Objective: To conduct a qualitative study to elicit patients' descriptions of their own experiences with treatment for hepatitis C (HCV).
Methods: Focus groups were conducted until thematic saturation was reached.
Results: A total of 40 patients (80% male) participated in eight focus groups. The themes that emerged most frequently during the focus groups centered on adverse effects and quality of care. The discussions highlighted discrepancies between patients' anticipated effects of drug toxicity versus their actual experiences, gaps in communication between physicians, and the lack of social support as important shortcomings in the healthcare of HCV patients.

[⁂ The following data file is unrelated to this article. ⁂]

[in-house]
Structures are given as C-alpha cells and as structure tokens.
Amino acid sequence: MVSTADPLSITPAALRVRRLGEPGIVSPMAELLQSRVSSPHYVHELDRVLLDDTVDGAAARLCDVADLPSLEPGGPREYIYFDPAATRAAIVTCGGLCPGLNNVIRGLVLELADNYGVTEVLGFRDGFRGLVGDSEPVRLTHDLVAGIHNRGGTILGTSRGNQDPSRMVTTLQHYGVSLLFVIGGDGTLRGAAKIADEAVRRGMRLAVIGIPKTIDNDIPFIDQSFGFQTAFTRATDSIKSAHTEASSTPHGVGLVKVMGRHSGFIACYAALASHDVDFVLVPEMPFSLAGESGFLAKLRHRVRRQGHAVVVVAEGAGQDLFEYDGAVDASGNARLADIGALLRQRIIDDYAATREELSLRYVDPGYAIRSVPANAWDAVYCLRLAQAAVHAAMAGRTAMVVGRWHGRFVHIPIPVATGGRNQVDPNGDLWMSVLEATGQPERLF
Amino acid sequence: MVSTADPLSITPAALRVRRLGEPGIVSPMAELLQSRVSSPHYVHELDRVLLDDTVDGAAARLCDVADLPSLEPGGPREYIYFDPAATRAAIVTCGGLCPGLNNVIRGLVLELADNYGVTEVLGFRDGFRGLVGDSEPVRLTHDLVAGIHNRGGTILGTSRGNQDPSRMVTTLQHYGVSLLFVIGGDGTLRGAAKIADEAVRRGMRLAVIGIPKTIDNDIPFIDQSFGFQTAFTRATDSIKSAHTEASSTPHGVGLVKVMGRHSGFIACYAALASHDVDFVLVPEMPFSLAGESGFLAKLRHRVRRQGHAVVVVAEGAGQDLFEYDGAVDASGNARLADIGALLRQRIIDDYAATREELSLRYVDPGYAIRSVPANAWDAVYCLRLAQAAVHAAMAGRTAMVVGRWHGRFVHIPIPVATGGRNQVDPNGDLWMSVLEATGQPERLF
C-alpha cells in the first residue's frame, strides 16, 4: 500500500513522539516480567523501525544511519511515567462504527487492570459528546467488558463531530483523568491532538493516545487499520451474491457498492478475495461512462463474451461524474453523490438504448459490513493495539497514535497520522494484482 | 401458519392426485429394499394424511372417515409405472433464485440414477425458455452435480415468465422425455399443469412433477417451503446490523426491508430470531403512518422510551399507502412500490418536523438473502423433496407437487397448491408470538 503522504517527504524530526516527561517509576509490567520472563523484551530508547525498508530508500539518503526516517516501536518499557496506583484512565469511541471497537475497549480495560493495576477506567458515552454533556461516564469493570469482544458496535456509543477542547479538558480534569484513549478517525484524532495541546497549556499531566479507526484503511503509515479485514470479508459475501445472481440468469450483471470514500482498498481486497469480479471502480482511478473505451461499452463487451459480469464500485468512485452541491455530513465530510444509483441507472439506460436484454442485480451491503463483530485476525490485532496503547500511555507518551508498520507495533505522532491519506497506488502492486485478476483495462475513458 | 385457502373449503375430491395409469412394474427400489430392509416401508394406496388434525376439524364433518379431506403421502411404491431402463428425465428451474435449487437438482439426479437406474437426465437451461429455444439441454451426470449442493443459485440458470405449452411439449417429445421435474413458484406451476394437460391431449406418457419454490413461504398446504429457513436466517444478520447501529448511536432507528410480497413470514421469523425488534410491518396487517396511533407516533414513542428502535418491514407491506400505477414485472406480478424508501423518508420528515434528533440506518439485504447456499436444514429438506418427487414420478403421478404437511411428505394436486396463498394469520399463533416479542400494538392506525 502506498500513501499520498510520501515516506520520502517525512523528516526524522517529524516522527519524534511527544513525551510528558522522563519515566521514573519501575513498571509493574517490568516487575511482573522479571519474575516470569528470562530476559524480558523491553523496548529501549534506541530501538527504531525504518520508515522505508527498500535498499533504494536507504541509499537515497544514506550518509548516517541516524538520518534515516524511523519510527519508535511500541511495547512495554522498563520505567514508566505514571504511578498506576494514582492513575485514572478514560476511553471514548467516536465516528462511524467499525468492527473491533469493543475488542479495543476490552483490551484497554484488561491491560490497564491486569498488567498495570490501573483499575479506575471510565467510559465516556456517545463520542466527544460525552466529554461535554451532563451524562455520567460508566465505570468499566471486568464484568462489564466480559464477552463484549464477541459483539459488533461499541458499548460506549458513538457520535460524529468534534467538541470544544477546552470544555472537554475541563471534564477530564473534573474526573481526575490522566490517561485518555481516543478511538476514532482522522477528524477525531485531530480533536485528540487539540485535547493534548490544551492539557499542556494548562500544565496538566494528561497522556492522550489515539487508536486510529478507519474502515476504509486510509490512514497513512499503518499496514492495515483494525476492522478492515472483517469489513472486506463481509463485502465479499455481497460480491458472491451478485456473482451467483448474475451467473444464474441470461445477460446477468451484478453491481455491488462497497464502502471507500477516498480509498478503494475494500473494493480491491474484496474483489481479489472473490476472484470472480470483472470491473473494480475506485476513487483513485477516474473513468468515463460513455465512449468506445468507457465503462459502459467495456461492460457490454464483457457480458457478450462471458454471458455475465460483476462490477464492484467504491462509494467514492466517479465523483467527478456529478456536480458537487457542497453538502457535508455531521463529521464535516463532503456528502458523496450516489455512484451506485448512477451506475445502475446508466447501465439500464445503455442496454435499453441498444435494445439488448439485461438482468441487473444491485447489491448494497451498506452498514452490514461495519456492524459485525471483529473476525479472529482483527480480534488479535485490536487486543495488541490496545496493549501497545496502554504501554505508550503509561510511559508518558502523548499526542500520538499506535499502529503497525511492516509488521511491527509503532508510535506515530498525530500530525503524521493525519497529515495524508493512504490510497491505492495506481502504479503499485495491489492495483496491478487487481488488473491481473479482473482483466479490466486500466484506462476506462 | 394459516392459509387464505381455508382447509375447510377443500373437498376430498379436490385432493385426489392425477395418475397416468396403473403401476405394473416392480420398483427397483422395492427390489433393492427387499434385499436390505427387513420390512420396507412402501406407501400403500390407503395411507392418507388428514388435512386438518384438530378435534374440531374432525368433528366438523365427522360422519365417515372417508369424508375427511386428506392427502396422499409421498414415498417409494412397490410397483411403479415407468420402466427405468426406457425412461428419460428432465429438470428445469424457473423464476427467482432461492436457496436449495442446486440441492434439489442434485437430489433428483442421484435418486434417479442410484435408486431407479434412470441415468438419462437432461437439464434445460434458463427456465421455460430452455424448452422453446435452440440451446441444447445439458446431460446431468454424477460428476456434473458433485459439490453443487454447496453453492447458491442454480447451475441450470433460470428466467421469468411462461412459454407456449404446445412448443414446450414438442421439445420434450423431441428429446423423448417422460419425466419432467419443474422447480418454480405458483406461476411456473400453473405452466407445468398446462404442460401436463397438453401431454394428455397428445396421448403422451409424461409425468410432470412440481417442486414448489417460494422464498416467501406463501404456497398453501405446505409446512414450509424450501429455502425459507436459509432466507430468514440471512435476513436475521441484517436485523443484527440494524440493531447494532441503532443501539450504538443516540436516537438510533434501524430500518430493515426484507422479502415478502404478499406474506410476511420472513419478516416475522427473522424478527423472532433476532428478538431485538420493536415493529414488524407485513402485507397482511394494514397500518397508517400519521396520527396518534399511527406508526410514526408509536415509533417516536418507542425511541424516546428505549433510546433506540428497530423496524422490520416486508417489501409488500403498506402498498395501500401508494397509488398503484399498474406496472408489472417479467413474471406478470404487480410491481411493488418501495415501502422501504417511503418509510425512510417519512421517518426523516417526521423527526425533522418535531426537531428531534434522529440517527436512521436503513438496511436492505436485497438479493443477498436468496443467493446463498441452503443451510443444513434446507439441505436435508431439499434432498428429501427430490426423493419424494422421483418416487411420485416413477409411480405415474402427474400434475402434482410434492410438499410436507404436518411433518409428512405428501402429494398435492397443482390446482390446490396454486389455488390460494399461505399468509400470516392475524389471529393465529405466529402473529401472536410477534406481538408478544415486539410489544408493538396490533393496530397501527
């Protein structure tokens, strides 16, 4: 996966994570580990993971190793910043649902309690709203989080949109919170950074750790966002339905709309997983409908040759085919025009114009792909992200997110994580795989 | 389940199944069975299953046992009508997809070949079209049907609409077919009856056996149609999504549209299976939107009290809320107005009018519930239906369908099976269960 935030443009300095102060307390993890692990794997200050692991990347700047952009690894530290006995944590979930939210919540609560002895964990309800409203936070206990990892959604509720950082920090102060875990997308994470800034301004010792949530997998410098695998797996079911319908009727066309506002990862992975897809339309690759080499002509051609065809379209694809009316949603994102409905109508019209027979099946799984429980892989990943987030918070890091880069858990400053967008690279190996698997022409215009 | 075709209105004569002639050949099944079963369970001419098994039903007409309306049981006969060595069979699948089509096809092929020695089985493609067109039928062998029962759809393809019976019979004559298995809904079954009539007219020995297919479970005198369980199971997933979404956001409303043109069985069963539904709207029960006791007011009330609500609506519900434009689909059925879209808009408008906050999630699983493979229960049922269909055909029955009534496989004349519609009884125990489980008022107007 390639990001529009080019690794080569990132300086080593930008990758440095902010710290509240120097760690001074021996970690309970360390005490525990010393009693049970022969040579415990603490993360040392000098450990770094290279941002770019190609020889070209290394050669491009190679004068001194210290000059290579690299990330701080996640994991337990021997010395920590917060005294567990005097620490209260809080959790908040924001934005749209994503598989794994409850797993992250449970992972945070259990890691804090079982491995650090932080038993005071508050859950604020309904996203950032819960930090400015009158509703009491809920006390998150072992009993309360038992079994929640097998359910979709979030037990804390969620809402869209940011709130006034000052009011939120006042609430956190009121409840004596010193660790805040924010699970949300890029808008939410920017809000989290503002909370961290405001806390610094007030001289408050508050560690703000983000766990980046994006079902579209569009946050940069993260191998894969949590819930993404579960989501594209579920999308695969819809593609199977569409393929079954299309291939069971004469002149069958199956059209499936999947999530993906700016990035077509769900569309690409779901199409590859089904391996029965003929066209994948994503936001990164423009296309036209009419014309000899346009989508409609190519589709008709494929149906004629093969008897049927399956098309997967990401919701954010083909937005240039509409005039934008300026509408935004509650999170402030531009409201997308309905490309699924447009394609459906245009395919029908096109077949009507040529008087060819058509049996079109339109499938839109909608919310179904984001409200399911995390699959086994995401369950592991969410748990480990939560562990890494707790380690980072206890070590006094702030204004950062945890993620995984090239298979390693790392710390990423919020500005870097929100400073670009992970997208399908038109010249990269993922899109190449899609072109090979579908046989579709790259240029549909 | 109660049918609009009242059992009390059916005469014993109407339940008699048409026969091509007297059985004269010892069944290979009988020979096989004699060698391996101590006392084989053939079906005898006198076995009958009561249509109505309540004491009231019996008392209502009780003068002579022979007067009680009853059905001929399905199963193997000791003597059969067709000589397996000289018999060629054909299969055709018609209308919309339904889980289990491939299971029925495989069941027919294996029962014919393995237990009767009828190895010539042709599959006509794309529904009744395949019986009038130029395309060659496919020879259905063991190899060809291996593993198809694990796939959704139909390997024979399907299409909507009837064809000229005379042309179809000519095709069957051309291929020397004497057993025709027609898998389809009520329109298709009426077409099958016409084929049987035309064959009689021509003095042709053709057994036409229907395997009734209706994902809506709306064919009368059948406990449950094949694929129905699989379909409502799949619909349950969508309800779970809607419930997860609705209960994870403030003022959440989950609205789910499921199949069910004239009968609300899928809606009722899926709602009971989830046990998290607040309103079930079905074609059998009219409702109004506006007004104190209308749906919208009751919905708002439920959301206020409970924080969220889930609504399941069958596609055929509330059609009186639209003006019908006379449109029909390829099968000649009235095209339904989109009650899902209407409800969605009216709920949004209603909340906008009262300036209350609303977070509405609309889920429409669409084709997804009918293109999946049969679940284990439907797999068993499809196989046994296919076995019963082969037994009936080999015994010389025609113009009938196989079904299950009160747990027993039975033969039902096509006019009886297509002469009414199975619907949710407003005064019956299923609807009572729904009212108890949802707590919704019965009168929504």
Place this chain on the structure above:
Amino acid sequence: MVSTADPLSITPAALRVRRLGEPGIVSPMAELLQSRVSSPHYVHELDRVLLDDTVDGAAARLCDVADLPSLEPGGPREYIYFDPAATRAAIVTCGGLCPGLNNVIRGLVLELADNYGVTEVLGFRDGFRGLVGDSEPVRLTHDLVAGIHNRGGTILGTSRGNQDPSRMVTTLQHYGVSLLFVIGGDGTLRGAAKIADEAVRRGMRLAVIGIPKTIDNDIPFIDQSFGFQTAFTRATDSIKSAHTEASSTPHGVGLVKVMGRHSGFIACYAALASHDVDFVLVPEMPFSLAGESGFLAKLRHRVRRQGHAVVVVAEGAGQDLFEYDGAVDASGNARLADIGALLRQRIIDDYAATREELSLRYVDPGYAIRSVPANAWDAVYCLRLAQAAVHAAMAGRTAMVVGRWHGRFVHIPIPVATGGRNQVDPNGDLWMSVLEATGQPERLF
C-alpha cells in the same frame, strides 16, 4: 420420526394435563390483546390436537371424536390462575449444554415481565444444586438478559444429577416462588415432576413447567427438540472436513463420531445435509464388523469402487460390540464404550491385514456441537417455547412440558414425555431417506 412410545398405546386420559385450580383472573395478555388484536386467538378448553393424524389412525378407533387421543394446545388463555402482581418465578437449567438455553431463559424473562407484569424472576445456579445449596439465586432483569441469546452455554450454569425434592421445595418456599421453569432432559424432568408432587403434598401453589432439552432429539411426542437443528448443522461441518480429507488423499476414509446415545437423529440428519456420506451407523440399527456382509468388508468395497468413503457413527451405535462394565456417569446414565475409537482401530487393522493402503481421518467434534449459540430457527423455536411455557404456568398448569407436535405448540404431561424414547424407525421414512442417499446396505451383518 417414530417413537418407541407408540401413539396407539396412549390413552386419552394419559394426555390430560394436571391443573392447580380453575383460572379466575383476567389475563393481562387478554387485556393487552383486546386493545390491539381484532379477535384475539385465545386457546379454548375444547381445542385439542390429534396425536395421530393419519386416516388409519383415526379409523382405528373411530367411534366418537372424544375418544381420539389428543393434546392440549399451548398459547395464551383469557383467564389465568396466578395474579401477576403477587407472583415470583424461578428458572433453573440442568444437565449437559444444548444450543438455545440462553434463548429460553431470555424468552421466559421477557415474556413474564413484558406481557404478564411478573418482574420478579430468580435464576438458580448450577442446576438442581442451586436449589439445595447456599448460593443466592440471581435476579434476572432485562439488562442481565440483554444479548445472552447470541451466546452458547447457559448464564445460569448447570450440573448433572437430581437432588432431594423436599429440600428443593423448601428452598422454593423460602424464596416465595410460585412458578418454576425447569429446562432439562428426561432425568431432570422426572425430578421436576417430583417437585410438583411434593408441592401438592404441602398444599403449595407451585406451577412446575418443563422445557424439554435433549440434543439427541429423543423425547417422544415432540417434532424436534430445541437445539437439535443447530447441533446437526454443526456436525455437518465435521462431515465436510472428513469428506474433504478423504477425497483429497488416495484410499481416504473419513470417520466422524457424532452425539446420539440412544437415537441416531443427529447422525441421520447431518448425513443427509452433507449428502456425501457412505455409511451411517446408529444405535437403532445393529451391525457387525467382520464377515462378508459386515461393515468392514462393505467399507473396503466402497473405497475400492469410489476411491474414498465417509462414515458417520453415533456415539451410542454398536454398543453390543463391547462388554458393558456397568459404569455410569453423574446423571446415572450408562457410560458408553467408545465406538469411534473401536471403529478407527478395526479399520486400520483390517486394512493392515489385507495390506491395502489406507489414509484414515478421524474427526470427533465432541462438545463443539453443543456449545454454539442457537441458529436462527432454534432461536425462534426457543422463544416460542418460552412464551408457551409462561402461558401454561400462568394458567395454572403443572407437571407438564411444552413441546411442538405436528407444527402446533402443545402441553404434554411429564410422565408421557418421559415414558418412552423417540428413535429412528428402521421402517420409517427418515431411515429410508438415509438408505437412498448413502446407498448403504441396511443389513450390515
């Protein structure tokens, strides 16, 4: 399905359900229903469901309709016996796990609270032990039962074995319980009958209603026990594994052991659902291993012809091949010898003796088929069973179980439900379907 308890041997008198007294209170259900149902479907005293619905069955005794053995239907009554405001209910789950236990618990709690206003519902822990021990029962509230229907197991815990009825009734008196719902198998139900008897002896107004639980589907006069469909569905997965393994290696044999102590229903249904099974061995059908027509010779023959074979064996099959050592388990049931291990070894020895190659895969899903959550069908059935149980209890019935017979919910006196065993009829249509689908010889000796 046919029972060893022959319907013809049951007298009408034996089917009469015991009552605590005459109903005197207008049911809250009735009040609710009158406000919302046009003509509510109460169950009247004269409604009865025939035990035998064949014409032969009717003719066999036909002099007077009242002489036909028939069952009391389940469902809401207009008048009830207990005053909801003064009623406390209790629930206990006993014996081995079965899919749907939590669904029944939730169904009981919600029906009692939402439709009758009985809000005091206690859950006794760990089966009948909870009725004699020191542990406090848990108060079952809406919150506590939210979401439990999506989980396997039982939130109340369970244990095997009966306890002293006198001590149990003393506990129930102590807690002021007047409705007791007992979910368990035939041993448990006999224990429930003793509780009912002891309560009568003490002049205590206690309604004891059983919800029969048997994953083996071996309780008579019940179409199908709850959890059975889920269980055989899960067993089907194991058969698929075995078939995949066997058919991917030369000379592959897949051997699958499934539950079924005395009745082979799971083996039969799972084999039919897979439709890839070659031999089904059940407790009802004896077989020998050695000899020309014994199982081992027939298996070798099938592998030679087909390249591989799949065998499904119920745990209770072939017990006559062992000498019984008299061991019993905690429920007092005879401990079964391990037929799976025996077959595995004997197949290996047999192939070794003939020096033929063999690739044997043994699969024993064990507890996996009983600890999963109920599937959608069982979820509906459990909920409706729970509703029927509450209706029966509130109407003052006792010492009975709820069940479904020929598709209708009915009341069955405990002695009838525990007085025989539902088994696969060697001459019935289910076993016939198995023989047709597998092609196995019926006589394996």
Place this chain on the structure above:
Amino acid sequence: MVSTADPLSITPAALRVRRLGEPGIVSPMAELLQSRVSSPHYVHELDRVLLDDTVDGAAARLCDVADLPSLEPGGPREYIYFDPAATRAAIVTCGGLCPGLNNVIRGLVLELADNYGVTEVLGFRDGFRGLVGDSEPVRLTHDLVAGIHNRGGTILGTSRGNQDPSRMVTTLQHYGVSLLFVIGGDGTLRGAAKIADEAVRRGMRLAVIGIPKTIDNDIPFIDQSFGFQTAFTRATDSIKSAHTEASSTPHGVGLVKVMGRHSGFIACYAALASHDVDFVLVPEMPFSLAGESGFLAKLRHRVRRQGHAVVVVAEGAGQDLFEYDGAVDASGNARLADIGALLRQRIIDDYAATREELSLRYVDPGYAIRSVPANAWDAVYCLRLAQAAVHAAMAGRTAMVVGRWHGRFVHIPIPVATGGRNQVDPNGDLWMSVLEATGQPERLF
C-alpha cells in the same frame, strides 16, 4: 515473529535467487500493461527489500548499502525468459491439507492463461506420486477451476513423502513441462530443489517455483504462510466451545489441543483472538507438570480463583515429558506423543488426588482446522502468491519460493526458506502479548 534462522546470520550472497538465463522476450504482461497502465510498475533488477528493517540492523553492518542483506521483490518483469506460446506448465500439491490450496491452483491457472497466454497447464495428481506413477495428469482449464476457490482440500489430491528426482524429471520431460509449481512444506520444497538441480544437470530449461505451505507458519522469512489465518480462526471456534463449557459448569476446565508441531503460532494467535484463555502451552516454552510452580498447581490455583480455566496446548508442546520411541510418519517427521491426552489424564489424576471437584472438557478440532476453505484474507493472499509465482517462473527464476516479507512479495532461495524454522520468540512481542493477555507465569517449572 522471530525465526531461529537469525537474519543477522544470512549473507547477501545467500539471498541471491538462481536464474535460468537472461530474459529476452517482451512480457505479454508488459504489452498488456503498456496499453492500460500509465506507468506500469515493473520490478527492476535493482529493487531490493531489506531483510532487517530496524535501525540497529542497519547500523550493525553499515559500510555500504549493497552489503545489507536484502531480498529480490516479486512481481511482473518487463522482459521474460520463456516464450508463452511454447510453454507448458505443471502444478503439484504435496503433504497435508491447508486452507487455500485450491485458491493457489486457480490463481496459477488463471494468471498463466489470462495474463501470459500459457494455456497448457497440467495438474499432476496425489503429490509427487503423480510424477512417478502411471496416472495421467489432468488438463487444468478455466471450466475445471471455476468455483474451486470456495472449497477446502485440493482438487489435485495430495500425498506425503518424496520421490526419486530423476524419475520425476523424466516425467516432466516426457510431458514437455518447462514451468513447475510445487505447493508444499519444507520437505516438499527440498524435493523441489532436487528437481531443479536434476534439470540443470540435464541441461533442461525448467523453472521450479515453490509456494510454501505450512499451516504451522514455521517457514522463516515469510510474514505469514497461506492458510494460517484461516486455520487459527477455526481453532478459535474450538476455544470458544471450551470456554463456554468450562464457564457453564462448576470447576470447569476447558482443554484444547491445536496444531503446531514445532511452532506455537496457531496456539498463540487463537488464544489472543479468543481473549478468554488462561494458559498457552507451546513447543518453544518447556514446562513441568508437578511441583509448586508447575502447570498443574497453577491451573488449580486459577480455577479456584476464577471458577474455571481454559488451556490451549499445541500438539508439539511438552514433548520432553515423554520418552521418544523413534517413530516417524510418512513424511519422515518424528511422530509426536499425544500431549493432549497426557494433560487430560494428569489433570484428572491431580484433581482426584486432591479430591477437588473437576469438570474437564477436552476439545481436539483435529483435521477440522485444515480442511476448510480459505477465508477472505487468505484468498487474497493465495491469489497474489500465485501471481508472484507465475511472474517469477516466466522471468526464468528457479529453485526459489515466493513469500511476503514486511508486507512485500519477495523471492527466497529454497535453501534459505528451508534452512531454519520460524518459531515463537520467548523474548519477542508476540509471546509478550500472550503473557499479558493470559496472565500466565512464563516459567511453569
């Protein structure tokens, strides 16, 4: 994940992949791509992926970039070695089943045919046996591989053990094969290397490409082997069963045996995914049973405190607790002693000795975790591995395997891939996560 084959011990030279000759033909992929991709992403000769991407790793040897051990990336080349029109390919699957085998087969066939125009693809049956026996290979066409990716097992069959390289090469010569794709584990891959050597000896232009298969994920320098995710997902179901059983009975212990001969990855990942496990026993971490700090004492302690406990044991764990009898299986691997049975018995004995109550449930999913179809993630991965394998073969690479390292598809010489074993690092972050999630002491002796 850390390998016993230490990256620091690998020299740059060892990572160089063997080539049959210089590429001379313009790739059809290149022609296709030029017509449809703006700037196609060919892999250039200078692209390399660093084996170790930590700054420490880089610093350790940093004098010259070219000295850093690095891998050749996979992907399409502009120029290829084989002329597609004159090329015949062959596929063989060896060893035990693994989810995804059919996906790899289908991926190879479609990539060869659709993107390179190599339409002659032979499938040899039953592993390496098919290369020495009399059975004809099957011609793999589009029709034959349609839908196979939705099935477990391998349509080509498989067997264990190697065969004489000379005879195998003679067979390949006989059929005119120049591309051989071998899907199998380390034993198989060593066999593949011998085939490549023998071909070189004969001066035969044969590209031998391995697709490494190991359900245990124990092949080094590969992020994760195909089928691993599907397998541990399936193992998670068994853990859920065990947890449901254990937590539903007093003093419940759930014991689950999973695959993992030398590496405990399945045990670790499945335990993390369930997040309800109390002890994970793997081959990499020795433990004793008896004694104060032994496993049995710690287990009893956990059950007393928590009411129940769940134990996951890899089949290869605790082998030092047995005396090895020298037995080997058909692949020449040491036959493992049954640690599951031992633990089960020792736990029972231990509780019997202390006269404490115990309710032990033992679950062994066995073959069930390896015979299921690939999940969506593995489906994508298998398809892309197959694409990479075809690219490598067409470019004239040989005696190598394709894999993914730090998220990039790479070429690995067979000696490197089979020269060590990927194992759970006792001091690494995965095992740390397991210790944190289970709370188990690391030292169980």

Conclusions: The issues raised by the participants in this study highlight several important areas that may lead to improved care for patients with HCV.
Practice implications: This study suggests that care for patients with HCV might be improved by using patient testimonials to improve accuracy of expectations, having both the primary care physician and liver specialist devise a plan to treat symptoms arising during the course of therapy, and ensuring that patients have the option of participating in a support group.